Rating : ⭐️ ⭐️ ⭐️ ⭐️
Categorisation: Musical Gothic Animation
Availability: Netflix, in English
Storyline: Directed by Guillermo del Toro, the film is a reimagined and restaged interpretation of Carlo Collodi’s classic children’s fantasy novel, The Adventures of Pinocchio. There have been many previous adaptations, but none quite so dark and metaphysical as this one. Mostly set in Italy during the time of Mussolini’s fascist regime, the story begins with Geppetto, an woodcarver, who is restoring a crucifixion in his local church. His son Carlo is with him and just as they are leaving, Carlo returns to the church to retrieve the prized pinecone that he has left behind. Shockingly, a stray bomb falls on the church killing Carlo. Geppetto is grief-stricken, and descends into years of drunkenness as he mourns the loss of his son. Then, in an angry and intoxicated state, he carelessly carves a marionette which becomes Pinocchio. Soon the rough hewn and petulant Pinocchio is noticed by the Podestà, a sinister officer in the fascist regime, who sees him as a free thinker, but not in a good way. He is then discovered by Count Volpe, a charlatan who tempts Pinocchio from Geppetto’s care and exploits him in his travelling circus.
Film-craft: This is a spectacular production. Filmed in stop-motion, it is amazingly detailed and beautifully animated. This, and the minacious brilliance of del Toro’s interpretation, makes the film a bold and ambitious retelling of the Pinocchio story. Mostly more dark than delightful, I would have preferred more of a sting in the final scenes, which tend toward sentimentality, albeit with an existential flavour. On the other hand, it is a children’s fantasy story, so maybe that is too great an expectation. Classified as a musical, the songs could have been more experimental.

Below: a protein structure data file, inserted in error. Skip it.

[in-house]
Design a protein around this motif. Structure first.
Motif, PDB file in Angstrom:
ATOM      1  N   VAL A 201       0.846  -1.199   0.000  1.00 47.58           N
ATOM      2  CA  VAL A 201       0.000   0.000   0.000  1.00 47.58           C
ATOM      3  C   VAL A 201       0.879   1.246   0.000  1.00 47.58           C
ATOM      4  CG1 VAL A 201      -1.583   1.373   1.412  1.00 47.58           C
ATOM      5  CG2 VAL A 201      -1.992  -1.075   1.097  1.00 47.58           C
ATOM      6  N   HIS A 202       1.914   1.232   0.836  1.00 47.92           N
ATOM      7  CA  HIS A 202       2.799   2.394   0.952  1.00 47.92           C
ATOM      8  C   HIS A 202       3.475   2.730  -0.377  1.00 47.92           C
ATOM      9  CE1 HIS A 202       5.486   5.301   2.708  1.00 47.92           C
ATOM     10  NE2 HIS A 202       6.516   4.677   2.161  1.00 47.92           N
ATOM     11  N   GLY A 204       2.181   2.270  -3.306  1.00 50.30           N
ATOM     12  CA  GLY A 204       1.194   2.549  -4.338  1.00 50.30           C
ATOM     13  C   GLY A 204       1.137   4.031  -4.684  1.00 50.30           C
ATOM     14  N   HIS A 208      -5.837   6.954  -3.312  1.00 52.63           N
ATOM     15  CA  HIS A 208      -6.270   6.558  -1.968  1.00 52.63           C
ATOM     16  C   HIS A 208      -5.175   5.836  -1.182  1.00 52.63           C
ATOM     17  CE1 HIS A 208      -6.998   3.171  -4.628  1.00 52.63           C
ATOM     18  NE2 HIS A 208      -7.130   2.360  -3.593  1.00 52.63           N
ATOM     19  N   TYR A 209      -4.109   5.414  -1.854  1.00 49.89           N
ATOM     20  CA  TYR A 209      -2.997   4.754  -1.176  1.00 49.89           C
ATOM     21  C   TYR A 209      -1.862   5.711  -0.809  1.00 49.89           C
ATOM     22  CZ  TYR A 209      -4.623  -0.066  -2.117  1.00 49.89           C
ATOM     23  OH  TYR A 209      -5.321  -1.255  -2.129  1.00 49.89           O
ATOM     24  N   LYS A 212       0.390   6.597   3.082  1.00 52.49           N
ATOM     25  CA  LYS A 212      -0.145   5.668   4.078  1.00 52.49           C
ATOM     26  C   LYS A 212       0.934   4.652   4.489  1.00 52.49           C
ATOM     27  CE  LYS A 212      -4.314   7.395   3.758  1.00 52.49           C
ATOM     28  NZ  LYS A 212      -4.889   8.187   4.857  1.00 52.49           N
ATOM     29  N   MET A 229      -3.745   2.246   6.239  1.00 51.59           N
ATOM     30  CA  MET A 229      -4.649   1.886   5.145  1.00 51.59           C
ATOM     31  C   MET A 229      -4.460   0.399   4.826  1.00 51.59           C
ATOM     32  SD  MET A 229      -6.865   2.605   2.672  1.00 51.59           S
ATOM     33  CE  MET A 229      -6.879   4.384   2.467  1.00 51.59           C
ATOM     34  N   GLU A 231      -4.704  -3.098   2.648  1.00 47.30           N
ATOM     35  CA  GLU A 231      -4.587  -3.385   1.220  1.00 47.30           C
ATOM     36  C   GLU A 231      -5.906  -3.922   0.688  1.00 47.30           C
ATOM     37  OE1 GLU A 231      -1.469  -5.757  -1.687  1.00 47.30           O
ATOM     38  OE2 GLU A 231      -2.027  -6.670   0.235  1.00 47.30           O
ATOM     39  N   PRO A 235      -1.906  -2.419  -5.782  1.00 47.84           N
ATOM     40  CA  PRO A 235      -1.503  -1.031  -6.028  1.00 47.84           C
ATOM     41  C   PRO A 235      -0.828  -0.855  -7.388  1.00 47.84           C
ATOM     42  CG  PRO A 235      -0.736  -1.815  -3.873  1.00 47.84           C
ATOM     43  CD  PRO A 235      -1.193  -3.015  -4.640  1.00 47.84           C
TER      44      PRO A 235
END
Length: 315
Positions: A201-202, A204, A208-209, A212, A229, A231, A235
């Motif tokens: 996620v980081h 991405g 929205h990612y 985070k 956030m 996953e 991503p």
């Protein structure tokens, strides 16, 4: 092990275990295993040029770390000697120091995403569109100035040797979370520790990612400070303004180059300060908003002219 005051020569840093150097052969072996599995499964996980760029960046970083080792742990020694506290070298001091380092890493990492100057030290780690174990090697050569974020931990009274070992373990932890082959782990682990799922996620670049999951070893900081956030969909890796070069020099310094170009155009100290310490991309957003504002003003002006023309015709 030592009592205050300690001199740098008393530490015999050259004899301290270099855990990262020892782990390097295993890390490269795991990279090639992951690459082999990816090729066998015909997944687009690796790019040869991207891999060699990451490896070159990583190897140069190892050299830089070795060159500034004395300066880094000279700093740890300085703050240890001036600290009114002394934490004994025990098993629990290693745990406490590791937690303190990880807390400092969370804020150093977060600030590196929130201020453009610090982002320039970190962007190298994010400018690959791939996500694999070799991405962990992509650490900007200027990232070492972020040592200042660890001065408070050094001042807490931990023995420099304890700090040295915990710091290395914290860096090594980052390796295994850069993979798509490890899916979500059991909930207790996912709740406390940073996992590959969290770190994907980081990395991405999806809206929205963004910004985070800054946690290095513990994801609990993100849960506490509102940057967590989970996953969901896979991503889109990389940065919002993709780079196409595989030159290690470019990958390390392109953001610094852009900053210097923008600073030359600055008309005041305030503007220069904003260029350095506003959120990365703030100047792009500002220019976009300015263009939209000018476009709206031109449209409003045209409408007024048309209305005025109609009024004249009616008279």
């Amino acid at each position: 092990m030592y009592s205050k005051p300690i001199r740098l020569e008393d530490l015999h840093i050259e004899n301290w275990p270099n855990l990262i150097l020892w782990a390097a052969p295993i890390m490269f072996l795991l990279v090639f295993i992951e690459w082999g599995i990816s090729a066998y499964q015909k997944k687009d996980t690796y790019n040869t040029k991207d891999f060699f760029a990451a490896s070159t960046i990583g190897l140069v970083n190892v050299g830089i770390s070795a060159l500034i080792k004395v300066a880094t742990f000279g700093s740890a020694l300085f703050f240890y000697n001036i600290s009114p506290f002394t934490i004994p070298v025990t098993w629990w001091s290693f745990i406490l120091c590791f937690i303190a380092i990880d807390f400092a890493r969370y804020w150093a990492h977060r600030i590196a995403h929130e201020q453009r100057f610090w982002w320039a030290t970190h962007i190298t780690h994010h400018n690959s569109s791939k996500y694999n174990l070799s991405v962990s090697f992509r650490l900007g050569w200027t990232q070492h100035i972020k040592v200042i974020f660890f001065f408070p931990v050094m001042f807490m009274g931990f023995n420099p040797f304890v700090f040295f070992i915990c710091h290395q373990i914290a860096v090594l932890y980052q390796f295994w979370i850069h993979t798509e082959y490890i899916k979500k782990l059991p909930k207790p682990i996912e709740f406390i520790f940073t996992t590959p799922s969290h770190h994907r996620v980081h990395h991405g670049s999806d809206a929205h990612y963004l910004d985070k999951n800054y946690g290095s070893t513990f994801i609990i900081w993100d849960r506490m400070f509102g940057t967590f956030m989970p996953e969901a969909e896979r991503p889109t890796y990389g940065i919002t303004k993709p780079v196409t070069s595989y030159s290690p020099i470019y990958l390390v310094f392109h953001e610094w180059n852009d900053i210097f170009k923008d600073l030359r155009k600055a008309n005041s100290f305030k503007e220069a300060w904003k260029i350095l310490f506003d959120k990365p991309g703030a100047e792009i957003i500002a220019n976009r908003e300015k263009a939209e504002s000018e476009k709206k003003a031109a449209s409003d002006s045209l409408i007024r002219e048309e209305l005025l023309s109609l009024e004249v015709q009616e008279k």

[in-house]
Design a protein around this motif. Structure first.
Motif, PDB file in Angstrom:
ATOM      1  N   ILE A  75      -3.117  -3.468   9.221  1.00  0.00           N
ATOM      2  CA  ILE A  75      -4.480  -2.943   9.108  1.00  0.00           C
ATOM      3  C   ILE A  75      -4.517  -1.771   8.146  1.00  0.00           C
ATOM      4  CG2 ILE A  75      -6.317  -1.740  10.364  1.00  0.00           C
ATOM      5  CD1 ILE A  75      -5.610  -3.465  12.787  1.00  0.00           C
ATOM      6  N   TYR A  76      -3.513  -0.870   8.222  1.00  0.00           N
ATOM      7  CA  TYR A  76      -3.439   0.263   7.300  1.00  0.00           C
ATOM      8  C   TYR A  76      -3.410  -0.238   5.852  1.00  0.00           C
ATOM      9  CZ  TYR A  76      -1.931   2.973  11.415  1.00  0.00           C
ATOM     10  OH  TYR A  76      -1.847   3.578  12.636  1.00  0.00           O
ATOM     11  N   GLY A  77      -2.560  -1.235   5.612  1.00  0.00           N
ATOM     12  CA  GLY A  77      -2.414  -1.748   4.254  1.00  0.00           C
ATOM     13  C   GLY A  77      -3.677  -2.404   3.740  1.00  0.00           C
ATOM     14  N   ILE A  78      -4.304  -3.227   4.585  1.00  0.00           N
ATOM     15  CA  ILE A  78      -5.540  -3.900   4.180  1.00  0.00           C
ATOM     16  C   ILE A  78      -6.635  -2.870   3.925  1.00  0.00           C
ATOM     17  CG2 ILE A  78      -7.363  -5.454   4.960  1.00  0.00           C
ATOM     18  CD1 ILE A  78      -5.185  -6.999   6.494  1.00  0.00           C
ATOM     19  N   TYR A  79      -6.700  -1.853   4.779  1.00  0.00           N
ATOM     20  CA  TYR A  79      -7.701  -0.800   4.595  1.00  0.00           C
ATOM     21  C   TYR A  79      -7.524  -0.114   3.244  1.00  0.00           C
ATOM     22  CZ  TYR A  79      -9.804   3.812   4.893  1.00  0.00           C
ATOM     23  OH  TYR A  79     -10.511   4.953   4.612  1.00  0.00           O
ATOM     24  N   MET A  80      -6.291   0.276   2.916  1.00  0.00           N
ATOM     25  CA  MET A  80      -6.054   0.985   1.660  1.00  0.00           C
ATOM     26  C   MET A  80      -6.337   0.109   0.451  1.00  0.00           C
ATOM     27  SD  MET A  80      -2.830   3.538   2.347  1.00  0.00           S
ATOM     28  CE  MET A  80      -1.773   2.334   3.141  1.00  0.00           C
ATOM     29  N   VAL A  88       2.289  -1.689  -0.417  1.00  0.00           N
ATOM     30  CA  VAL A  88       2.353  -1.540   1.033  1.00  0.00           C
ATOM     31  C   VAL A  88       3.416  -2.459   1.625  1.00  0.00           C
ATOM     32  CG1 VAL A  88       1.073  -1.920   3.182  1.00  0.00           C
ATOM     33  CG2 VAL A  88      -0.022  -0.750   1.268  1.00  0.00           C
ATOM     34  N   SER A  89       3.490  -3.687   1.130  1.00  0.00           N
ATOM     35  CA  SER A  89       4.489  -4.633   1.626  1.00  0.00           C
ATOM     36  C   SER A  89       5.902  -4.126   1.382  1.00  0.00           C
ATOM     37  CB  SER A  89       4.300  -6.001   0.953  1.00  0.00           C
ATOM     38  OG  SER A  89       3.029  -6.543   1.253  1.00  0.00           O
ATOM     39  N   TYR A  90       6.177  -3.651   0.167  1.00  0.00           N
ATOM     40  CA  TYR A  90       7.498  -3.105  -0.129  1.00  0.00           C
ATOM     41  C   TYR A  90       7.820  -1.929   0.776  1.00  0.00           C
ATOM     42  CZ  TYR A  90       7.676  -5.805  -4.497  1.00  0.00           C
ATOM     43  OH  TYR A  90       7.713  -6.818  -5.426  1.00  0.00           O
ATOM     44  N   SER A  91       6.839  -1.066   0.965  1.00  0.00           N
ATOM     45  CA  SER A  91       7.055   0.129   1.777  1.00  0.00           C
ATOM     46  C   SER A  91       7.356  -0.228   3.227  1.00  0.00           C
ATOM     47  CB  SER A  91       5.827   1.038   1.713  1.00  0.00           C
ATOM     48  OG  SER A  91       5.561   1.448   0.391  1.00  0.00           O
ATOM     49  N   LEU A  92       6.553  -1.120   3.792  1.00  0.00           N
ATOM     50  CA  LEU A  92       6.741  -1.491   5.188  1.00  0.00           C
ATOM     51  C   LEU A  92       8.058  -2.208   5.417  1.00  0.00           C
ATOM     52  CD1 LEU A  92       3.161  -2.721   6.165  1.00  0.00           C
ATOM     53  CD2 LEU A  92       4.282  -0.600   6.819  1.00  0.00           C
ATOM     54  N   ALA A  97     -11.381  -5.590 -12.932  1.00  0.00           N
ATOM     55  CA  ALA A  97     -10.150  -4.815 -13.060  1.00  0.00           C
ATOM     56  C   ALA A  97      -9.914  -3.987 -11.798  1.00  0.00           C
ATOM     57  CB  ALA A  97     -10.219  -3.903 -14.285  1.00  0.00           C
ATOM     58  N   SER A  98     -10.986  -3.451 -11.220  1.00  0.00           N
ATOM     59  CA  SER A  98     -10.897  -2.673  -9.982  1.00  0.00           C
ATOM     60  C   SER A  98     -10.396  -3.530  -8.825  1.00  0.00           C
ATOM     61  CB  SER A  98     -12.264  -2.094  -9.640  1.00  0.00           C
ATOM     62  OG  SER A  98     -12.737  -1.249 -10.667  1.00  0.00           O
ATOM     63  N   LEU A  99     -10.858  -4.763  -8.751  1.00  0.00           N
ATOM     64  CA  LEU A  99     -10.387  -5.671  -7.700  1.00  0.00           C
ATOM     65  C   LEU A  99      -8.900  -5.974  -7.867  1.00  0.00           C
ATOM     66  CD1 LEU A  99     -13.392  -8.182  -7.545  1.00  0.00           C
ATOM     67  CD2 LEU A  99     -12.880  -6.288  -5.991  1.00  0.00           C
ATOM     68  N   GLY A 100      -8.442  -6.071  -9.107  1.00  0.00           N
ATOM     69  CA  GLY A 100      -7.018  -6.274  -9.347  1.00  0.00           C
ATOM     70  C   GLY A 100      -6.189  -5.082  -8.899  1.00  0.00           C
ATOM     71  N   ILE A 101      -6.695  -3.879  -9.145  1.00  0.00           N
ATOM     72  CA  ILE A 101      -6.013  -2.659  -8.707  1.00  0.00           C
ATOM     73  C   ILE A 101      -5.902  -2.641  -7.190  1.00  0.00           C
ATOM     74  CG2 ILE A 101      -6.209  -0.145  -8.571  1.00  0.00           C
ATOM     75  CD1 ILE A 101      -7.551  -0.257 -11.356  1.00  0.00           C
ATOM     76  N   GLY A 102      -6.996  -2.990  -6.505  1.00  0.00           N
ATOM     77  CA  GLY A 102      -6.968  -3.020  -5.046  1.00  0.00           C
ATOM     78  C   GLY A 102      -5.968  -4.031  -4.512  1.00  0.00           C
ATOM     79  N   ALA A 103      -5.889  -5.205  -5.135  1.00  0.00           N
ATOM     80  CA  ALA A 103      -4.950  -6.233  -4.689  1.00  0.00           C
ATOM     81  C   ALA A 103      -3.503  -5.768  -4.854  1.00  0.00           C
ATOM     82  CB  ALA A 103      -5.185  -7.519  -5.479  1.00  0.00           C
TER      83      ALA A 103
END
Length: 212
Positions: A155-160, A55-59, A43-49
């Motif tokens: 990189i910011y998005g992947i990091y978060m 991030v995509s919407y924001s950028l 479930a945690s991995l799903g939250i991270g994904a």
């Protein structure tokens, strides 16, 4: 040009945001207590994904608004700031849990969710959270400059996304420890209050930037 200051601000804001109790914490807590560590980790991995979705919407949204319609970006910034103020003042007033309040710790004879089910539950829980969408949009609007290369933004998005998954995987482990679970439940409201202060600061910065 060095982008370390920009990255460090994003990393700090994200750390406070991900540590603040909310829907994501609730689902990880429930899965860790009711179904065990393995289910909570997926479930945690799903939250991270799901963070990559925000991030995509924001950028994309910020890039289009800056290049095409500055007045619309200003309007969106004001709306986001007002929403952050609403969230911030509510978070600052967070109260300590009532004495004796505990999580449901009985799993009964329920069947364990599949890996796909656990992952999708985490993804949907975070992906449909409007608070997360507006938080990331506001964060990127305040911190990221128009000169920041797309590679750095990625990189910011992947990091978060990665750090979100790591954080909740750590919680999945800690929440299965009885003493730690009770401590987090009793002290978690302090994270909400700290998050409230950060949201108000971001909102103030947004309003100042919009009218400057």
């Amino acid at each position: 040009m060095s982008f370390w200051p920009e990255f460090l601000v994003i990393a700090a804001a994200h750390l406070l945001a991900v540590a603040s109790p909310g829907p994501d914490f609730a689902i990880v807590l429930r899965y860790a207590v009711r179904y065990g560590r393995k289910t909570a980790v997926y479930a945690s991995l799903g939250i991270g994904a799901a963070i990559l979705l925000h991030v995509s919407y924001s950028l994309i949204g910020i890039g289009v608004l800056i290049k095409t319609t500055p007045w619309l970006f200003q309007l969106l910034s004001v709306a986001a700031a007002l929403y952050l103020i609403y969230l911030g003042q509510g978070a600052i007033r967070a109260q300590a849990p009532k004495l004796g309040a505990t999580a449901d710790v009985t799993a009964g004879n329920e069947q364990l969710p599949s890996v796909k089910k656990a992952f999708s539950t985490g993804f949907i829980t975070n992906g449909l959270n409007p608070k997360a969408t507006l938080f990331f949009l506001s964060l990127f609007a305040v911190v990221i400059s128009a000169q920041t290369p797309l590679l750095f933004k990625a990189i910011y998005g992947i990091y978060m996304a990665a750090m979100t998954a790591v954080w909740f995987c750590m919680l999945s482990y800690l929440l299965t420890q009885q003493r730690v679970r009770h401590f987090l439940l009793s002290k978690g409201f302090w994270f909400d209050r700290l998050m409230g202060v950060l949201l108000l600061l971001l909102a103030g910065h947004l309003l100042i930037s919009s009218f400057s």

Cast: The real stars of this production would have to be the team of animators who have worked to bring this truly exceptional production together. The film also has a sterling voice cast. David Bradley brings a warm and gentle presence to Geppetto’s character, and the young Gregory Mann is terrific playing the Italian equivalent of an enfant terrible with full-blown ADHD. Tilda Swinton brings her mellifluous voice to the wood sprite, and the decision to cast Cate Blanchett as Spazzatura, the shrieking wordless monkey, speaks volumes about the weirdness of the film overall. Regardless, Blanchett is impressive without having to say a word.
Personal Comments: Like many other adaptations, del Toro’s Pinocchio engages with notions of love and what it means to be human, but that is not the major focus. This interpretation is explicitly about death, loss and grief, the brutality of war, and the insidious influence of fascism. There are chilling scenes of children and young people being recruited into Mussolini’s fascist youth army as they are herded off to training camps. The Catholic Church is also satirised, with the local priest performing stiff-arm salutes in deference to the Podestà. And on top of all this, there are layers of fantasy, some grotesque, others mystical. There is awful lot going on in this film, and it’s probably unsurprising that it loses coherence here and there. But if you liked Annette, and rich gothic with more than a touch of the bizarre, you may well like this one. On the other hand, if you are looking for something to watch with the kids this Christmas, this is probably not the one. Instead I suggest you try the Wallace and Gromit-styled Shaun the Sheep: The Flight Before Christmas, which is also on Netflix. Now that’s thirty minutes of unfettered fun.